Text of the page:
Leading-edge slat optimization for maximum airfoil lift
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Leading-edge slat optimization for maximum airfoil lift by Lawrence E. Olson

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Published by National Aeronautics and Space Administration, Scientific and Technical Information Office, For sale by the National Technical Information Service] in Washington, D.C, [Springfield, Va .
Written in English

Subjects:

  • Lift (Aerodynamics) -- Mathematical models.,
  • Leading edges (Aerodynamics),
  • Aerofoils.

Book details:

Edition Notes

StatementLawrence E. Olson, Phillip R. McGowan, and Clayton J. Guest.
SeriesNASA technical memorandum -- 78566
ContributionsMcGowan, Phillip R., Guest, Clayton J., United States. National Aeronautics and Space Administration. Scientific and Technical Information Branch., Ames Research Center.
The Physical Object
Paginationiv, 23 p. :
Number of Pages23
ID Numbers
Open LibraryOL17070871M

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  where V is the velocity at the edge of the boundary layer, ν is the kinematic viscosity and δ 1 is the displacement thickness. In Ref. [12] this value was always found to be greater than for a short bubble and less than for a long one. Note that the size of the bubble, in effect, depends on the free stream Reynolds number, so it is possible the stall behavior of the airfoil changes. Liebeck’s High Lift Single Element Airfoil • Knowing the shape of the pressure distribution required: – Identify the maximum lift upper surface target distribution pressure distribution – Use an inverse method to find the airfoil Curve enclosing the maximum area Made to File Size: 2MB. Leading-edge slat optimization for maximum airfoil lift / (Washington, D.C.: National Aeronautics and Space Administration, Scientific and Technical Information Office ; [Springfield, Va.: For sale by the National Technical Information Service], ), by Lawrence E. Olson, Clayton J. Guest, Phillip R. McGowan, Ames Research Center, and. Experimental measurements also illustrate that the leading-edge slat significantly delays the stall up to an angle of attack of 20°, with a maximum lift coefficient of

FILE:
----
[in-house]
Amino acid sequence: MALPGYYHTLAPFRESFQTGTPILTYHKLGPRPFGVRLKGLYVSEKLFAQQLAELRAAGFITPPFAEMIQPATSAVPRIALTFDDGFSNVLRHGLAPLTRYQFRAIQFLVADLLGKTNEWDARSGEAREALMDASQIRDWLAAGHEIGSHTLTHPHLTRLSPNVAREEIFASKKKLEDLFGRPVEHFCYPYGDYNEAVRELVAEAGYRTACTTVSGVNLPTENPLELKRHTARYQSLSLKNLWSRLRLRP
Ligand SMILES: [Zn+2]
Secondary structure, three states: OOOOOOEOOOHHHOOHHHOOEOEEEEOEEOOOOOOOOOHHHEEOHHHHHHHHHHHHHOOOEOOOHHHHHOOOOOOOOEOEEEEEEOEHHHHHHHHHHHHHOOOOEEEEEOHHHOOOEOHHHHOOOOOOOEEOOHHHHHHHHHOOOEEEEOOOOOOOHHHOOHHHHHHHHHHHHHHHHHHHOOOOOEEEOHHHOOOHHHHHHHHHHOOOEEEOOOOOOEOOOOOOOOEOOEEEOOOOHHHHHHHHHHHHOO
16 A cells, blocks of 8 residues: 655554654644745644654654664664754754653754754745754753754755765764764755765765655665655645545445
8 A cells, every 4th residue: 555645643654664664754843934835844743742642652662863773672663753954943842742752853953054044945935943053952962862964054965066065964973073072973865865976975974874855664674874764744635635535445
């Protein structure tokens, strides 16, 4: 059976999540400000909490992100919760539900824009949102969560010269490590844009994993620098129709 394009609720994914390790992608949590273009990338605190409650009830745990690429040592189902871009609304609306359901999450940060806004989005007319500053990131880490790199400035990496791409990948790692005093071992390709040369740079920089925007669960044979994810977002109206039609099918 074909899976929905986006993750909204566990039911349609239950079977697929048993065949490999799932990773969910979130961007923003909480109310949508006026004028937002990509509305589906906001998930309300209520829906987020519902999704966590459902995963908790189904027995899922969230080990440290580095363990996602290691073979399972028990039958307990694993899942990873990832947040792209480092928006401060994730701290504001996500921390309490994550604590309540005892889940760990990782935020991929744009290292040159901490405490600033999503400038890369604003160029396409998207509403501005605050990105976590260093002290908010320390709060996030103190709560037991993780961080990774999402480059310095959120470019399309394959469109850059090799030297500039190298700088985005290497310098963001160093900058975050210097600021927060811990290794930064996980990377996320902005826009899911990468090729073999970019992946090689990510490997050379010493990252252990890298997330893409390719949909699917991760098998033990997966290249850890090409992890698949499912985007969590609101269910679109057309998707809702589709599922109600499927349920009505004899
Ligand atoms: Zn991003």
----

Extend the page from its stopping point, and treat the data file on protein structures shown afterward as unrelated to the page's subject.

A comparison of high lift systems derived from supercritical airfoils with high lift systems derived from conventional airfoils is presented. The high lift systems for the supercritical airfoil were designed to achieve maximum lift and consisted of: (1) a single slotted flap, (2) a double slotted flap and a leading edge slat, and (3) a triple. The numerical design and wind tunnel testing of a leading edge slat for the DU W airfoil, included in the BMWi funded Smart Blades project reference blade, have been concluded. In numerical computation of aerodynamic noises, the solution accuracy of flow fields has an obvious impact on detailed computation of eddy turbulence and acoustic results. In this paper, LES (Large Eddy Simulation) was used to conduct numerical simulation of flow fields of three-dimensional high-lift L1T2 airfoil. Unsteady flow field data on the solid wall face was extracted as the noise : Cun Dong Tang, Zhi Ping Wang, Yu Zhou Sima.   Simulations are also performed for wing with high-lift devices, HLDs, like leading edge slat and trailing edge flap for take-off and landing condition. For required flight condition plain wing with airfoil NACA 64A, 42° leading edge sweepback, −° twist and ° wing incidence angle showed improved aerodynamic performance than Author: H. P. Bharath, H. K. Narahari, A. T. Sriram.

Additional blowing at the nose protects the leading edge against stalling at lower Mach numbers to enable very high lift coefficients. By variation of the slot height for some configurations the required momentum coefficient of the air jet could be reduced by about 20% at slightly lower lift by: By adding a leading edge slat, the angle of attack range over which the airfoil performed efficiently was increased. Additionally, the maximum lift coefficient was increased by % and the critical angle of attack was increased by 9 degrees. A downside to the addition of the slat is that the drag is greatly increased as low angles of : Adam M. Ragheb, Michael S. Selig. In the context of ambitious targets for reducing environmental impact in the aviation sector, dictated by international institutions, morphing aircraft are expected to have potential for achieving the required efficiency increases. However, there are still open issues related to the design and implementation of deformable structures. In this paper, we compare three constrained parameterisation Cited by: 1. Generally, maximum angle of attack of a symmetric airfoil with downwash and up wash beyond which flow separation state is 16 degree. Un-symmetrical airfoil.